Where to save and write files for Azure Machine Learning experiments
In this article, you learn where to save input files, and where to write output files from your experiments to prevent storage limit errors and experiment latency.
When launching training runs on a compute target, they are isolated from outside environments. The purpose of this design is to ensure reproducibility and portability of the experiment. If you run the same script twice, on the same or another compute target, you receive the same results. With this design, you can treat compute targets as stateless computation resources, each having no affinity to the jobs that are running after they are finished.
Where to save input files
Before you can initiate an experiment on a compute target or your local machine, you must ensure that the necessary files are available to that compute target, such as dependency files and data files your code needs to run.
Azure Machine Learning runs training scripts by copying the entire source directory. If you have sensitive data that you don't want to upload, use a .ignore file or don't include it in the source directory. Instead, access your data using a datastore.
The storage limit for experiment snapshots is 300 MB and/or 2000 files.
For this reason, we recommend:
Storing your files in an Azure Machine Learning dataset. This prevents experiment latency issues, and has the advantages of accessing data from a remote compute target, which means authentication and mounting are managed by Azure Machine Learning. Learn more about how to specify a dataset as your input data source in your training script with Train with datasets.
If you only need a couple data files and dependency scripts and can't use a datastore, place the files in the same folder directory as your training script. Specify this folder as your
source_directorydirectly in your training script, or in the code that calls your training script.
Storage limits of experiment snapshots
For experiments, Azure Machine Learning automatically makes an experiment snapshot of your code based on the directory you suggest when you configure the run. This has a total limit of 300 MB and/or 2000 files. If you exceed this limit, you'll see the following error:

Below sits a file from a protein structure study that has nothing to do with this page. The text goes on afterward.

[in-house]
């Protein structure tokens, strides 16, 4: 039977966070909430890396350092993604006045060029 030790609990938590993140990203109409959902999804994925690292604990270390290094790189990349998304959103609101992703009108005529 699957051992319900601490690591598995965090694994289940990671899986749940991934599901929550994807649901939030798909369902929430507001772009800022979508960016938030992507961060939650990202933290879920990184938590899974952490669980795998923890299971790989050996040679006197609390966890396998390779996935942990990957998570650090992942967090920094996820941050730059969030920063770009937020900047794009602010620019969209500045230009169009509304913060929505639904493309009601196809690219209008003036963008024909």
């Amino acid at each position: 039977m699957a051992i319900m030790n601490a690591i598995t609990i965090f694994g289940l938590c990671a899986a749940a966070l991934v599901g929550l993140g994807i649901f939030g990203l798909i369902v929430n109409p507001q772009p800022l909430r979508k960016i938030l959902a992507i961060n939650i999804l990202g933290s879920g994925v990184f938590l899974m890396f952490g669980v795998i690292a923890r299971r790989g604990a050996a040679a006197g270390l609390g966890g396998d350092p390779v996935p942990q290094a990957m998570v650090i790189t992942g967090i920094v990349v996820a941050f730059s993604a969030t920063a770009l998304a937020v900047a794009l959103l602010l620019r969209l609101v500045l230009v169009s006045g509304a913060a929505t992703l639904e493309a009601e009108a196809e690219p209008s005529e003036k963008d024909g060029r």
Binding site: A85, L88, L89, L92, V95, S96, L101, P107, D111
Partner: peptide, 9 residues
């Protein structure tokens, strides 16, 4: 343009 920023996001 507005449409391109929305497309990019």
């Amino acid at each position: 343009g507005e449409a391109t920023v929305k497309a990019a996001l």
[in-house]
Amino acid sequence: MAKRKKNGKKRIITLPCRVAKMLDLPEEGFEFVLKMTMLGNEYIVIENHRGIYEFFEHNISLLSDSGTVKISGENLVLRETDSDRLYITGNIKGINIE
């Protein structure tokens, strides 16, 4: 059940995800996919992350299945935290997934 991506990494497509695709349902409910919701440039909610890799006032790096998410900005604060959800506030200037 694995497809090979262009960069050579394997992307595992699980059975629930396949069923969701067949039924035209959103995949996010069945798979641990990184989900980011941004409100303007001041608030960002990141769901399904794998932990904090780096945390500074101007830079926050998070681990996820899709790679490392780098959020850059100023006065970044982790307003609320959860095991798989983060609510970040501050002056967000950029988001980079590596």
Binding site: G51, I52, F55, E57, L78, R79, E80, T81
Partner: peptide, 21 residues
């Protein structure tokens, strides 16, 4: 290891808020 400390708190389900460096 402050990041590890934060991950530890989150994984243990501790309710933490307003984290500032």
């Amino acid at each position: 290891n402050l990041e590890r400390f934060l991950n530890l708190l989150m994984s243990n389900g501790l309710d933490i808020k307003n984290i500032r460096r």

While attempting to take snapshot of . Your total snapshot size exceeds the limit of 300.0 MB
To resolve this error, store your experiment files on a datastore. If you can't use a datastore, the below table offers possible alternate solutions.
|Experiment description||Storage limit solution|
|Less than 2000 files & can't use a datastore||Override snapshot size limit with
This may take several minutes depending on the number and size of files.
|Must use specific script directory||To prevent unnecessary files from being included in the snapshot, make an ignore file (
|Pipeline||Use a different subdirectory for each step|
|Jupyter notebooks||Create a
Where to write files
Due to the isolation of training experiments, the changes to files that happen during runs are not necessarily persisted outside of your environment. If your script modifies the files local to compute, the changes are not persisted for your next experiment run, and they're not propagated back to the client machine automatically. Therefore, the changes made during the first experiment run don't and shouldn't affect those in the second.
Otherwise, write files to the
Two folders, outputs and logs, receive special treatment by Azure Machine Learning. During training, when you write files to
./logs folders, the files will automatically upload to your run history, so that you have access to them once your run is finished.
For output such as status messages or scoring results, write files to the
./outputsfolder, so they are persisted as artifacts in run history. Be mindful of the number and size of files written to this folder, as latency may occur when the contents are uploaded to run history. If latency is a concern, writing files to a datastore is recommended.
To save written file as logs in run history, write files to
./logsfolder. The logs are uploaded in real time, so this method is suitable for streaming live updates from a remote run.
Learn more about accessing data from storage.
Learn more about Create compute targets for model training and deployment